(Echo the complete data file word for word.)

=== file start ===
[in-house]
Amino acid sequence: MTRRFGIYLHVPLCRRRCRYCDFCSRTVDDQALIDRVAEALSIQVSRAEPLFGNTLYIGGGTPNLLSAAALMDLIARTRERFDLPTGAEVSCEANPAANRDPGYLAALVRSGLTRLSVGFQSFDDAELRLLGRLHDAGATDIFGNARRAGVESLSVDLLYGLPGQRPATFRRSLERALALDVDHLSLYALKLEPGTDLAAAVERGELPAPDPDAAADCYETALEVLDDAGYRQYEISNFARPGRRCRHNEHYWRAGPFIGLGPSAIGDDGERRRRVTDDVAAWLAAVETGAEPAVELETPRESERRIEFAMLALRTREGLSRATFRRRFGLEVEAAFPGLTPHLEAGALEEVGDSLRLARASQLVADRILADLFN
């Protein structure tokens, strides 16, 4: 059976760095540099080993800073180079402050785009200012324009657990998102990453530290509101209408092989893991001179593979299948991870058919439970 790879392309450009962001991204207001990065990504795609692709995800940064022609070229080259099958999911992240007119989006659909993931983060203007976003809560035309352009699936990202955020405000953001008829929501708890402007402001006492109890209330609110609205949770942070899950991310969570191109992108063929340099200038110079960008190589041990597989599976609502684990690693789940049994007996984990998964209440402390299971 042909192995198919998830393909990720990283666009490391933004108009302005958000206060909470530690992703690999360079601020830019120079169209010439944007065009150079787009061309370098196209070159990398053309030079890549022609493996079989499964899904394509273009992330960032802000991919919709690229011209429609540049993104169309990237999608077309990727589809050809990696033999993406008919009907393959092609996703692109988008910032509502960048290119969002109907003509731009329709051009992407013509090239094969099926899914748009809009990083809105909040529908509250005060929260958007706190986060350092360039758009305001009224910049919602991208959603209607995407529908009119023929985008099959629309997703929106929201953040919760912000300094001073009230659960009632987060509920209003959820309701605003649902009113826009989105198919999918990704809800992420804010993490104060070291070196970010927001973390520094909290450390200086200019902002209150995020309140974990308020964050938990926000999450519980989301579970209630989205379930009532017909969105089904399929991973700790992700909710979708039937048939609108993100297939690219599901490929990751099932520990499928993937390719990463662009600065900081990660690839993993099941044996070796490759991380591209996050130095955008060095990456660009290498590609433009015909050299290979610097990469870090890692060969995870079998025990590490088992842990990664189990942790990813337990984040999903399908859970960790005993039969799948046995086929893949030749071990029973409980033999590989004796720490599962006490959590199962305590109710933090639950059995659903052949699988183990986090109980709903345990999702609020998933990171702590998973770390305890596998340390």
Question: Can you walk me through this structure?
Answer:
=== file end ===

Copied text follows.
[in-house]
Amino acid sequence: MTRRFGIYLHVPLCRRRCRYCDFCSRTVDDQALIDRVAEALSIQVSRAEPLFGNTLYIGGGTPNLLSAAALMDLIARTRERFDLPTGAEVSCEANPAANRDPGYLAALVRSGLTRLSVGFQSFDDAELRLLGRLHDAGATDIFGNARRAGVESLSVDLLYGLPGQRPATFRRSLERALALDVDHLSLYALKLEPGTDLAAAVERGELPAPDPDAAADCYETALEVLDDAGYRQYEISNFARPGRRCRHNEHYWRAGPFIGLGPSAIGDDGERRRRVTDDVAAWLAAVETGAEPAVELETPRESERRIEFAMLALRTREGLSRATFRRRFGLEVEAAFPGLTPHLEAGALEEVGDSLRLARASQLVADRILADLFN
């Protein structure tokens, strides 16, 4: 059976760095540099080993800073180079402050785009200012324009657990998102990453530290509101209408092989893991001179593979299948991870058919439970 790879392309450009962001991204207001990065990504795609692709995800940064022609070229080259099958999911992240007119989006659909993931983060203007976003809560035309352009699936990202955020405000953001008829929501708890402007402001006492109890209330609110609205949770942070899950991310969570191109992108063929340099200038110079960008190589041990597989599976609502684990690693789940049994007996984990998964209440402390299971 042909192995198919998830393909990720990283666009490391933004108009302005958000206060909470530690992703690999360079601020830019120079169209010439944007065009150079787009061309370098196209070159990398053309030079890549022609493996079989499964899904394509273009992330960032802000991919919709690229011209429609540049993104169309990237999608077309990727589809050809990696033999993406008919009907393959092609996703692109988008910032509502960048290119969002109907003509731009329709051009992407013509090239094969099926899914748009809009990083809105909040529908509250005060929260958007706190986060350092360039758009305001009224910049919602991208959603209607995407529908009119023929985008099959629309997703929106929201953040919760912000300094001073009230659960009632987060509920209003959820309701605003649902009113826009989105198919999918990704809800992420804010993490104060070291070196970010927001973390520094909290450390200086200019902002209150995020309140974990308020964050938990926000999450519980989301579970209630989205379930009532017909969105089904399929991973700790992700909710979708039937048939609108993100297939690219599901490929990751099932520990499928993937390719990463662009600065900081990660690839993993099941044996070796490759991380591209996050130095955008060095990456660009290498590609433009015909050299290979610097990469870090890692060969995870079998025990590490088992842990990664189990942790990813337990984040999903399908859970960790005993039969799948046995086929893949030749071990029973409980033999590989004796720490599962006490959590199962305590109710933090639950059995659903052949699988183990986090109980709903345990999702609020998933990171702590998973770390305890596998340390």
Question: Can you walk me through this structure?
Answer: